Kicking off a year later than planned due to the impact of the Covid-19 pandemic, when Turkey dace Italy at 8pm it will kick-start Euro 2020 [Logo in the feature image above from UEFA.com] a month of summer football across Europe.
Yes, across Europe. During a pandemic where one confederation (COMNEBOL) have struggled to find even one host country and have had to settle on Brazil after both Argentina and Columbia withdrew from hosting. That doesn’t make sense and to be honest, I am not entirely sure it is wise having this tournament spread across 11 countries with all the travelling involved. That is just my opinion.read more
That was an incredible season of F1. Incredible that it even got going during the Coronavirus pandemic, let alone getting to the finale in Abu Dhabi. It is testament to the FIA, Liberty media, F1, the circuit organisers, the teams and drivers that we even had a season of F1 in the first place after the Australian Grand Prix started but never went ahead after two McLaren team members tested positive for the virus and the first 8 races were cancelled.
The season eventually got underway in July, 217 days after the 2019 season finale; the third longest gap between seasons in F1 history as the 70th anniversary season started. It was historic as Michael Schumacher’s win record (91), podium (155) were beaten and his seven World Championship were equalled by Lewis Hamilton [Feature image above from formula1.com]. read more
In 2018, we have already had the euphoria and emotions of what turned out to be an amazing month of football in Russia. The domestic league seasons have started up again and now they have reached the first break in the season. That means the return of International football. Normally, European sides will begin their qualification campaign for the next major tournament but instead, they will be embarking on a new competition in the UEFA Nations League.
The Story behind the Nations League
The UEFA Nations League has its beginnings seven years ago, at the 2011 UEFA Strategy Meeting in Cyprus. This is when the discussions and consultations began regarding having a third major tournament to go alongside the European Championship (EUROs) and the World Cup. The discussions continued through meetings at the Top Executive Committee (TEP). It was not until March 2014, at the XXXVII UEFA Ordinary Congress in Astana, Turkey where the tournament was unanimously adopted.read more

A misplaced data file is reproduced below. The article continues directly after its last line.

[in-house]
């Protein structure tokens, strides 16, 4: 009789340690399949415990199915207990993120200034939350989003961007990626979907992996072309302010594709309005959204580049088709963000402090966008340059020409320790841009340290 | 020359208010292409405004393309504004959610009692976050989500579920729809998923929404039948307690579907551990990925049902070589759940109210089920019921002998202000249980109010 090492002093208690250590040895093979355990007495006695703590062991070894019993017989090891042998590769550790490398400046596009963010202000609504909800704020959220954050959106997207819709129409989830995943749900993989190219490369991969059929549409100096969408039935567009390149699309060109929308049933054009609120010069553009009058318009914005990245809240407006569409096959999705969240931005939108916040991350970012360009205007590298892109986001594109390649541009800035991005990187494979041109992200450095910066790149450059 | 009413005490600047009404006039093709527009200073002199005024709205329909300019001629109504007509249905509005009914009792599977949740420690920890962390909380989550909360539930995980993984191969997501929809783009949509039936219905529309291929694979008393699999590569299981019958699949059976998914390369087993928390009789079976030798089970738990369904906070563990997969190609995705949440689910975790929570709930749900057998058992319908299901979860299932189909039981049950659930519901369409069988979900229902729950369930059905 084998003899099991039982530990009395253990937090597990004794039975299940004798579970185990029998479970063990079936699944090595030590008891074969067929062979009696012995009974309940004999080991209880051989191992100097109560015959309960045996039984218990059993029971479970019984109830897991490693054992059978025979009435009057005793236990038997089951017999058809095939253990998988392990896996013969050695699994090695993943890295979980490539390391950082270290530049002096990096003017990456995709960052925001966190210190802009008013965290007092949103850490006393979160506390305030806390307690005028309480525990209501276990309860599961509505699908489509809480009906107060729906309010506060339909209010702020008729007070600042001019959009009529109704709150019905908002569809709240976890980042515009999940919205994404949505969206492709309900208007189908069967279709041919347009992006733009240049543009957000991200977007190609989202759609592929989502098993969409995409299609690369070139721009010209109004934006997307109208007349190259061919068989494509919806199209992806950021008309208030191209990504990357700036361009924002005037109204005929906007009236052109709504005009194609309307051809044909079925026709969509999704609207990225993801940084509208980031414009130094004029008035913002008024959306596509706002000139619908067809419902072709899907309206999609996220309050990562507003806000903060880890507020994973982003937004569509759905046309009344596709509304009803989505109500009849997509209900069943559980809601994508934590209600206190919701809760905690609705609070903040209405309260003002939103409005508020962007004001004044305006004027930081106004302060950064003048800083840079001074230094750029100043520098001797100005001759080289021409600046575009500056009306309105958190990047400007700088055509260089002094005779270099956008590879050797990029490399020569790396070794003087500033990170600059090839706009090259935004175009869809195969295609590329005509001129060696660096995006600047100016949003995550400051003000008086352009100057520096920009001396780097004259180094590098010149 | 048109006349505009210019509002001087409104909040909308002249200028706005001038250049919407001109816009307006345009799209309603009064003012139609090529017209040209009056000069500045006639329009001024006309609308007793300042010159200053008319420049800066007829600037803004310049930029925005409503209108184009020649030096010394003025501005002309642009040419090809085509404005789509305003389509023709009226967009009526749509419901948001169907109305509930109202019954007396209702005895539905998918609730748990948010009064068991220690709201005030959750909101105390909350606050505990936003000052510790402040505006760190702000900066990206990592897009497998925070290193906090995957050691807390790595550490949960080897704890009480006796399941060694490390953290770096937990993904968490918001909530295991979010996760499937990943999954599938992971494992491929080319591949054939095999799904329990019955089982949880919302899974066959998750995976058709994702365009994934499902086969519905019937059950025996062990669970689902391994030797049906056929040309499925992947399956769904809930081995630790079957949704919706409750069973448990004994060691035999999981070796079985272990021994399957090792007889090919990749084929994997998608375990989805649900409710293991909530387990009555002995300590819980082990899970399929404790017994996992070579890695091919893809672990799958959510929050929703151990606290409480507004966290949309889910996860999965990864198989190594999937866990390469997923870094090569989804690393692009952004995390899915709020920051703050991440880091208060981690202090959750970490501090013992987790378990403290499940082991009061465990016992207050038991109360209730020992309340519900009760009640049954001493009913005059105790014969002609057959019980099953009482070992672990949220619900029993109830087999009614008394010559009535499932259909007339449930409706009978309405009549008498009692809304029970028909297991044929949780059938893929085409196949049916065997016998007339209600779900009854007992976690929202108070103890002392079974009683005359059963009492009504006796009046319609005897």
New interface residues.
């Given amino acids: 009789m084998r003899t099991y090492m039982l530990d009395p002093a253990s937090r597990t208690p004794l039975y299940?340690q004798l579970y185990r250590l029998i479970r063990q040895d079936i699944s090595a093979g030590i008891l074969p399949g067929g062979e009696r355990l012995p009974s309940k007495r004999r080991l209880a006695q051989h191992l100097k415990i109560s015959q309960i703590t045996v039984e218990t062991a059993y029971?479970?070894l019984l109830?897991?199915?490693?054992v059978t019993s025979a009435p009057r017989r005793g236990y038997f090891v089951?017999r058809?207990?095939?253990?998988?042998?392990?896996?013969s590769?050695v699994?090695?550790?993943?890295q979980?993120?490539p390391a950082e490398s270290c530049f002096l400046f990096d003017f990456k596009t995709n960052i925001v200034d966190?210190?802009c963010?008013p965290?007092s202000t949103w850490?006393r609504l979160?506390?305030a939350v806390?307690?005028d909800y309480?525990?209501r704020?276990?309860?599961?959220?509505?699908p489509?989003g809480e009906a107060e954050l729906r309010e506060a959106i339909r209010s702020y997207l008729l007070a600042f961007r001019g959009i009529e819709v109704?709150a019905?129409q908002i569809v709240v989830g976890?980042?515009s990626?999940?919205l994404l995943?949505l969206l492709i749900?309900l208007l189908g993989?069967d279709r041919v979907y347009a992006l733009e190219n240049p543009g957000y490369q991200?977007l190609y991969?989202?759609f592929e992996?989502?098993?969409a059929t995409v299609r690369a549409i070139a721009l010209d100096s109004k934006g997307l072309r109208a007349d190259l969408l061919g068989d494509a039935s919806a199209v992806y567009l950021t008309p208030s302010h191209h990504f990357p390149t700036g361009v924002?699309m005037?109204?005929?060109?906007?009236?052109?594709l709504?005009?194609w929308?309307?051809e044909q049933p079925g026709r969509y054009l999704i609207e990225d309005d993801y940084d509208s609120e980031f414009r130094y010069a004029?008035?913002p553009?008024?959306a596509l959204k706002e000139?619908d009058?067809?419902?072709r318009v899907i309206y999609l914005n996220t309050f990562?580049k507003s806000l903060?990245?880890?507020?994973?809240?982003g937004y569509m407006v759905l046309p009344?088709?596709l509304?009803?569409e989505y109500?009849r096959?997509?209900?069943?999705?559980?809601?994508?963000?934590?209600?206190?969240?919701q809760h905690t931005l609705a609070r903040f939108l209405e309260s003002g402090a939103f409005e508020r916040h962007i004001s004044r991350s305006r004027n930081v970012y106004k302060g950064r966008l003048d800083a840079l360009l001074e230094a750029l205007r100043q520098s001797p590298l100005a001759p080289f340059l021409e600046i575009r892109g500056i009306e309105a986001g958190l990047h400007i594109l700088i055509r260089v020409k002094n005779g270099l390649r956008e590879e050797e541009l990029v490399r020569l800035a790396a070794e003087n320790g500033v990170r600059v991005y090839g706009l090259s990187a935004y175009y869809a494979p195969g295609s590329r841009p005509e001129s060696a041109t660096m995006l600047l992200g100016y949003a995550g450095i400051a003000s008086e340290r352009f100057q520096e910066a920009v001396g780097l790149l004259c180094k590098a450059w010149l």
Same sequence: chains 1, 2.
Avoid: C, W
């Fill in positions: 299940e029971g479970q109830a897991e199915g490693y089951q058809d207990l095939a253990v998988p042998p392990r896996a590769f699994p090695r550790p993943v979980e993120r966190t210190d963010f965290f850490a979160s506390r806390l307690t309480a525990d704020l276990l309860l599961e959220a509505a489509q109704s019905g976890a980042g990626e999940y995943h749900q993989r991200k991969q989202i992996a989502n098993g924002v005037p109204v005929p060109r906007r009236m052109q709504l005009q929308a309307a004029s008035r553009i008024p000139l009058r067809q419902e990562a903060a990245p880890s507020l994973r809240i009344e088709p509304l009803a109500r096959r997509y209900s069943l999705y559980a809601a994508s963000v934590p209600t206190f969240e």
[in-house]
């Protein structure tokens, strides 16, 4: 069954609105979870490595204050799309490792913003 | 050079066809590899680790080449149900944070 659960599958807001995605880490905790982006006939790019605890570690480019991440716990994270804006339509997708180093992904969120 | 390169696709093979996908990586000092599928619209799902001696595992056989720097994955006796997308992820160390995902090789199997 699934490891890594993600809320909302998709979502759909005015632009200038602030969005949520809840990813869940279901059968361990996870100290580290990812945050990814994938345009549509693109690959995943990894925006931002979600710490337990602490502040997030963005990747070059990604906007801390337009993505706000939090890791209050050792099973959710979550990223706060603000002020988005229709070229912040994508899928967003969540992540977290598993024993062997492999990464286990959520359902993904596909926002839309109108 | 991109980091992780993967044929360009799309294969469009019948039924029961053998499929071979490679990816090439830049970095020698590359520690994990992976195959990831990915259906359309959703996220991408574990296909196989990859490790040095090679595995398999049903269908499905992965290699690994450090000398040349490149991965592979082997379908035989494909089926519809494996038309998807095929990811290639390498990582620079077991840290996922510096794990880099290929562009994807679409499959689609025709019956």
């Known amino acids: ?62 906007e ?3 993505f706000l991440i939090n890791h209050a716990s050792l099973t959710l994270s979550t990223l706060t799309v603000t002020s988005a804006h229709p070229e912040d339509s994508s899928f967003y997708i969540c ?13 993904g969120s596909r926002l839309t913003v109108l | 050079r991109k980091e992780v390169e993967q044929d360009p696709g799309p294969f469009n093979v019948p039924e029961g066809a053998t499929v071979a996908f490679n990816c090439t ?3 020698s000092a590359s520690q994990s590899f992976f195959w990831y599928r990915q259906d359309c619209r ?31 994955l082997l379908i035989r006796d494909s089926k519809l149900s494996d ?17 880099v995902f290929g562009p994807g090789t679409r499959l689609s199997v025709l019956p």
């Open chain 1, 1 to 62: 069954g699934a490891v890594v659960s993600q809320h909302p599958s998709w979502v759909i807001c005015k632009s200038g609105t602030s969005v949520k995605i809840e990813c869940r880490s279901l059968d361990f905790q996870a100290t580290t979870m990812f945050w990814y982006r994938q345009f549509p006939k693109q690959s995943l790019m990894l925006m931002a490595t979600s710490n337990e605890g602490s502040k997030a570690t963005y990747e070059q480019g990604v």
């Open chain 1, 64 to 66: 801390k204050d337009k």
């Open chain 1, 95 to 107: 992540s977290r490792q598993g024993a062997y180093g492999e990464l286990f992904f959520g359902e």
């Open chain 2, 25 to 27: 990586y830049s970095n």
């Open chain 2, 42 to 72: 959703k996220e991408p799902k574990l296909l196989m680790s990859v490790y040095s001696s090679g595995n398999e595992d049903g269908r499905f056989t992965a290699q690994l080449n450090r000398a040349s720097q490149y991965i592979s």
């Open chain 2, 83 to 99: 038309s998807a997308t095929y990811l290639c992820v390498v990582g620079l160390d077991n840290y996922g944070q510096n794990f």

What a month of football we had this summer! 736 players representing 32 nations and 64 matches later, the 2018 World Cup was spectacular! It was expected to be a heavily politicised tournament but apart from the Pussy Riot pitch invasion in the final, that did not happen. It was expected to be shrouded in racism, it wasn’t. Video Assistant Referee (VAR) played its part but the football did the talking as records and titans fell while as a nation, we unified, daring to dream that ‘football’s coming home’. Eventually, it was France who triumphed in Russia after one of the most memorable world cups in living memory.
The story of Russia 2018
After Robbie opened the World Cup, it was down to the hosts to start the tournament against Saudi Arabia. The two were the lowest ranked sides of the tournament but that did not show for Russia as Yuri Gazinsky headed in the opener, a Denis Cheryshev brace including a stunning injury-time set the hosts on their way to a 5-0 win which was rounded off by an Aleksandr Golovin free-kick!read more
As part of Formula One’s first ever tripleheader, I planned to do three posts similar to this; discussing the talking points from the Grand Prix weekends before producing a team by team review. The first of those was published and shared around while the latter two took more time as I balanced a couple of job applications. The posts on Austria and Britain were published and are available on the links.
The team by team review post was held back and became quite an overwhelming task. Unfortunately, that had to be shelved however my ratings of both the teams and drivers will be made available in a link in my next Review Post. With F1 having a doubleheader before the big summer break (Germany and Hungary), I aim to do the same format as I did for those three races and this time follow through with the team by team review post.
So without further ado, let's get into my discussion of the German Grand Prix.
The German Grand Prix was probably always going to throw up some entertaining racing with Daniel Ricciardo set to start at the back of the grid after taking a number of grid place penalties for engine component changes. That was added to even further when Lewis Hamilton’s Mercedes came to a halt in Q1. He would start 14th while the home favourite and Championship leader, Sebastian Vettel claimed a record-breaking pole position.
From the start, Vettel was in control of the race as he led from Valtteri Bottas, Kimi Raikkonen and Max Verstappen. Meanwhile, Hamilton began his charge through the field and had made 10 positions to 5th by lap 14. Ricciardo’s charge took a bit longer having started 19th on the grid but came to a premature end when his Red Bull pulled up on lap 27 running in 6th with an engine issue.read more